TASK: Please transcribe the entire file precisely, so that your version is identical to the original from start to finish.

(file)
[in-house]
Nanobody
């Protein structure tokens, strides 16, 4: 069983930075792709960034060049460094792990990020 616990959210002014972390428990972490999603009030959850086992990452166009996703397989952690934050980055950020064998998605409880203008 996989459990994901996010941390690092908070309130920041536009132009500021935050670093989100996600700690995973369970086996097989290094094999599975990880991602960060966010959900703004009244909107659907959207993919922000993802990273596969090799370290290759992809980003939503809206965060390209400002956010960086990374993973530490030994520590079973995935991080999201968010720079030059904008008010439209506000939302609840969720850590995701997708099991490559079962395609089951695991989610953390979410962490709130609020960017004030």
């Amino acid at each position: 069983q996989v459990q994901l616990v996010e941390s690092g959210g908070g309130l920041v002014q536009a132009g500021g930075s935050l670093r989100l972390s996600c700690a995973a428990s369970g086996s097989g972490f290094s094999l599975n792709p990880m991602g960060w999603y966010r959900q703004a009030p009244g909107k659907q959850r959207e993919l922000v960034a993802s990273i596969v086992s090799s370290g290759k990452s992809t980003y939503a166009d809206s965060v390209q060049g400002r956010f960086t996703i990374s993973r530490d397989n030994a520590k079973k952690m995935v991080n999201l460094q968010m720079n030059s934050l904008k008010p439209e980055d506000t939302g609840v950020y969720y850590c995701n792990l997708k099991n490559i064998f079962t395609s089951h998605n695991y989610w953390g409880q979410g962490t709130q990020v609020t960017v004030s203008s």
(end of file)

[in-house]
Nanobody
């Protein structure tokens, strides 16, 4: 069983930075792709960034060049460094792990990020 616990959210002014972390428990972490999603009030959850086992990452166009996703397989952690934050980055950020064998998605409880203008 996989459990994901996010941390690092908070309130920041536009132009500021935050670093989100996600700690995973369970086996097989290094094999599975990880991602960060966010959900703004009244909107659907959207993919922000993802990273596969090799370290290759992809980003939503809206965060390209400002956010960086990374993973530490030994520590079973995935991080999201968010720079030059904008008010439209506000939302609840969720850590995701997708099991490559079962395609089951695991989610953390979410962490709130609020960017004030």
């Amino acid at each position: 069983q996989v459990q994901l616990v996010e941390s690092g959210g908070g309130l920041v002014q536009a132009g500021g930075s935050l670093r989100l972390s996600c700690a995973a428990s369970g086996s097989g972490f290094s094999l599975n792709p990880m991602g960060w999603y966010r959900q703004a009030p009244g909107k659907q959850r959207e993919l922000v960034a993802s990273i596969v086992s090799s370290g290759k990452s992809t980003y939503a166009d809206s965060v390209q060049g400002r956010f960086t996703i990374s993973r530490d397989n030994a520590k079973k952690m995935v991080n999201l460094q968010m720079n030059s934050l904008k008010p439209e980055d506000t939302g609840v950020y969720y850590c995701n792990l997708k099991n490559i064998f079962t395609s089951h998605n695991y989610w953390g409880q979410g962490t709130q990020v609020t960017v004030s203008s």